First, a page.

Here's the scoop on what's happening this week in Congress.
This week Treasury Secretary Mnuchin publicly stated his support for another COVID-19 stimulus bill, particularly one that provides additional support for small businesses and industries struggling to reopen; however, there is no clarity on timing of the bill. The Senate is not expected to consider a fourth stimulus bill before the July 4 recess.
The Senate is expected to consider a smaller stimulus bill than the House’s bill, suggesting the bill amount will be closer to $1 trillion. The Senate bill will focus on small business support, and a possible “back-to-work” supplemental. Some Senators continue to ask legislators to wait and see how previous stimulus support will play-out before allocating any additional resources.
The Senate Appropriations Committee is expected to begin considering Fiscal Year 2021 (FY21) bills the week of June 22. It is still unclear what allocation amounts each of the 12 subcommittees will be marking-up to.
In response to COVID-19, the Labor, Health and Human Services (LHHS) Appropriations Subcommittee Chair DeLauro may consider using emergency designations for programs within the CDC, NIH and other health agencies which would exempt them from the budget caps. Senate LHHS Appropriations Chairman Blunt is not in support of emergency designations.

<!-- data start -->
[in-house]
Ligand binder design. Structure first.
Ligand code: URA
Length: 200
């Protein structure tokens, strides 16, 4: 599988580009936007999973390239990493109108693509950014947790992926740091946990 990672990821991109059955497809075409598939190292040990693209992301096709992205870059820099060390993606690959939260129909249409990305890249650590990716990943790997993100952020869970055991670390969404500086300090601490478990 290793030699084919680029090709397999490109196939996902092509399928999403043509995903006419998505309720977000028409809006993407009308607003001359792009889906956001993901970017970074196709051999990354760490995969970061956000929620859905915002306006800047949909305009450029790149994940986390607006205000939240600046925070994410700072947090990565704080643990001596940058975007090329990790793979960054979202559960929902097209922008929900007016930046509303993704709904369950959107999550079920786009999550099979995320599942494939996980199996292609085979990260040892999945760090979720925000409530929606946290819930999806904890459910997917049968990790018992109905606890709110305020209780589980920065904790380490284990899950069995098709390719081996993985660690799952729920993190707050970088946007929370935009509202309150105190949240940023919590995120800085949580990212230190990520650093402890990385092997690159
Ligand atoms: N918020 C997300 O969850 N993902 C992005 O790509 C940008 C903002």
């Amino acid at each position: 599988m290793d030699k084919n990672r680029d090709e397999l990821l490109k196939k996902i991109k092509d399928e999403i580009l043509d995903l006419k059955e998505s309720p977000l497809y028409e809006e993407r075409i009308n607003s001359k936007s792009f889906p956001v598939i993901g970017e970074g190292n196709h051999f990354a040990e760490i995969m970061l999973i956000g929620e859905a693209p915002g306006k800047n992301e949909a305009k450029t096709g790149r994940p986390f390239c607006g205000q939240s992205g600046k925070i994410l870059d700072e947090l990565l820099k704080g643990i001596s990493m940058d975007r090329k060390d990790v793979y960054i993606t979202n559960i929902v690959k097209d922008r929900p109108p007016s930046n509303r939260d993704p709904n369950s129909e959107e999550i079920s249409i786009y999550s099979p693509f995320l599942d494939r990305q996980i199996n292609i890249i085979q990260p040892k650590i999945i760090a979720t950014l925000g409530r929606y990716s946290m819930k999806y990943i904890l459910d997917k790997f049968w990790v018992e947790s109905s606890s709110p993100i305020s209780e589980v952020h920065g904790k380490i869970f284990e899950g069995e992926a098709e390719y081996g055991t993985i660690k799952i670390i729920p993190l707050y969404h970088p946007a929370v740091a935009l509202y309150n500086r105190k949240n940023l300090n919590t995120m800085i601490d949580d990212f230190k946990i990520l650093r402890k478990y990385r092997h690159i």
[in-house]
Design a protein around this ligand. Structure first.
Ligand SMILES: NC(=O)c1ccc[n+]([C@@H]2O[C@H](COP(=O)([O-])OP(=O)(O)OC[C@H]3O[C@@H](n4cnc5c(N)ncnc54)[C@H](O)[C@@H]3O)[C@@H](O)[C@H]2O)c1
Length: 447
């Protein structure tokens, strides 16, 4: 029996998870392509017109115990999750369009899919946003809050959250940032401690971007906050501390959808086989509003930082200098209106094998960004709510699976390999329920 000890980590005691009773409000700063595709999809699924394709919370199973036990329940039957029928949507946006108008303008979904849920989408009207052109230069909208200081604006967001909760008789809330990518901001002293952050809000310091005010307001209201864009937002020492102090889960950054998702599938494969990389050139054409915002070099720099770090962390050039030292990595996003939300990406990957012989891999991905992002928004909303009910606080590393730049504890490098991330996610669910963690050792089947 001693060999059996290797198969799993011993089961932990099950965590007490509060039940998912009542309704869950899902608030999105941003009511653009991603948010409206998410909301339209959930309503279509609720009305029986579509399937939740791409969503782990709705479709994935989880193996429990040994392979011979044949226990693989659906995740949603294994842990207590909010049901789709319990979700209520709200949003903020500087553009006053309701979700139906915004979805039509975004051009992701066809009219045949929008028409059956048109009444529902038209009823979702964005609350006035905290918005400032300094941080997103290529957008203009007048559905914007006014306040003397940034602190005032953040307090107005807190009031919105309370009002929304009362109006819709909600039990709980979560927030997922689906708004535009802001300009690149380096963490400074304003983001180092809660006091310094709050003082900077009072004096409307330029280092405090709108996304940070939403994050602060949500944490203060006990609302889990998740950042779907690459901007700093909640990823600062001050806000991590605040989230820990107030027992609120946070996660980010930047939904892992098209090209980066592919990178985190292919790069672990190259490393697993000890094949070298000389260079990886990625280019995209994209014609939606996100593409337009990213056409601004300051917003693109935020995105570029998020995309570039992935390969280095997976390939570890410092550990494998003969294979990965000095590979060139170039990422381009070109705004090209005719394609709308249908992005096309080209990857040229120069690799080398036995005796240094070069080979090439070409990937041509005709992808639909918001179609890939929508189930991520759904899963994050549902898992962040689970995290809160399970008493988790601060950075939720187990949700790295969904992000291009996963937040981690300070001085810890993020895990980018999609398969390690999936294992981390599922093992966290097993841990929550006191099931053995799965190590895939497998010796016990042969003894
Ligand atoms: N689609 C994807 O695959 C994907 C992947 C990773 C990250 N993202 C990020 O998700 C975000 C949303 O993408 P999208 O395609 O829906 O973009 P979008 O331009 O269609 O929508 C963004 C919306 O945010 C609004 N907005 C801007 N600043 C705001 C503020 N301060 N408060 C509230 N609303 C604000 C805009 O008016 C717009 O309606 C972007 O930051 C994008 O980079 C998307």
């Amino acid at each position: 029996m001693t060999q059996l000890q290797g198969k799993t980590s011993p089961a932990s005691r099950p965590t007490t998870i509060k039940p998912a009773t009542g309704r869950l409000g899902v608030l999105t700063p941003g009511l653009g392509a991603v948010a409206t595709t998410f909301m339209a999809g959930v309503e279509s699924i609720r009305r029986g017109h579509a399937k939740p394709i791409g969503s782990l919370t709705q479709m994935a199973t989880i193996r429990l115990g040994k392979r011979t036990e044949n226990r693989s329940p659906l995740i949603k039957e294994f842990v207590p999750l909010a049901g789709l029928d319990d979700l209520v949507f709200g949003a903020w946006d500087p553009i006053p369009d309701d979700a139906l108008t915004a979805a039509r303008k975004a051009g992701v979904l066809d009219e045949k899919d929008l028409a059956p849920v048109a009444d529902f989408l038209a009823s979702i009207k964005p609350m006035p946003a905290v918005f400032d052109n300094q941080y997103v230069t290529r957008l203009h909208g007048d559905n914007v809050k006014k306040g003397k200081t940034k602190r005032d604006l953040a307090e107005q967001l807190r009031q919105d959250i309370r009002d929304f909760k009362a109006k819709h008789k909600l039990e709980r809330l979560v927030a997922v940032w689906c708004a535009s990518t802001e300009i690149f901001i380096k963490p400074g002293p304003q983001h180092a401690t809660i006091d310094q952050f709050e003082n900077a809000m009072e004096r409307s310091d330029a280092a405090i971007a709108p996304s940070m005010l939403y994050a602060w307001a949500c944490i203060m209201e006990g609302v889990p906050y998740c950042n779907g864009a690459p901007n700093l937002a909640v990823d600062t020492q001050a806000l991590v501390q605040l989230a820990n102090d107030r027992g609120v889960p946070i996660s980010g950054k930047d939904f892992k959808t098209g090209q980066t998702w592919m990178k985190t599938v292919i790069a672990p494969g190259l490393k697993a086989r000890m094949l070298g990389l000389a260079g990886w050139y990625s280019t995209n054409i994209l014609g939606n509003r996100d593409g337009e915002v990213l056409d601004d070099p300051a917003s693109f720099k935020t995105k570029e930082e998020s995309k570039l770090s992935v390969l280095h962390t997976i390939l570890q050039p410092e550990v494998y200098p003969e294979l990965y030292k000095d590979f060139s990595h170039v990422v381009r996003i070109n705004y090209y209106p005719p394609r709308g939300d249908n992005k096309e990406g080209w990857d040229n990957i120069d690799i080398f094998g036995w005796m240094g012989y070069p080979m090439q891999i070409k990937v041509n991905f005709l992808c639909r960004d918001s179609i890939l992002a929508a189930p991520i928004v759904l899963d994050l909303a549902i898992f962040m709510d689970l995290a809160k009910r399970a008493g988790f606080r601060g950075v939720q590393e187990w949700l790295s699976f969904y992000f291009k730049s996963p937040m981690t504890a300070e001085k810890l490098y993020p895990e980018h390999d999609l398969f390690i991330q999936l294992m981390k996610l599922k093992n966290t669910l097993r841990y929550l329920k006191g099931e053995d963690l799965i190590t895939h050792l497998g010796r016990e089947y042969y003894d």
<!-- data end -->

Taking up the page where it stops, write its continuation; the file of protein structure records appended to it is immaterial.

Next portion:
Senate Health, Education, Labor and Pensions (HELP) Committee Chairman Alexander released a white paper that addresses lessons learned from COVID-19 and past pandemics. The paper lays out recommendations for addressing COVID-19 and the next health crisis. Recommendations include testing, treatment, and vaccines as well as how to track emerging infectious diseases. The paper is intended to illicit policy recommendations from the HELP Committee.
On Monday, June 8, House Democrats unveiled the Justice in Policing Act of 2020. The bill development was led by the Congressional Black Caucus and is intended to be a blueprint for reforming policing policies. The bill includes measures around increasing law enforcement transparency and accountability. The measures are intended to:
• lower the criminal intent standard—from willful to knowing or reckless—to convict a law enforcement officer for misconduct in a federal prosecution,
• limit qualified immunity as a defense to liability in a private civil action against a law enforcement officer or state correctional officer, and
• authorize the Department of Justice to issue subpoenas in investigations of police departments for a pattern or practice of discrimination.
• create a national registry—the National Police Misconduct Registry—to compile data on complaints and records of police misconduct
The House Judiciary Committee will hold markups on the bill next week.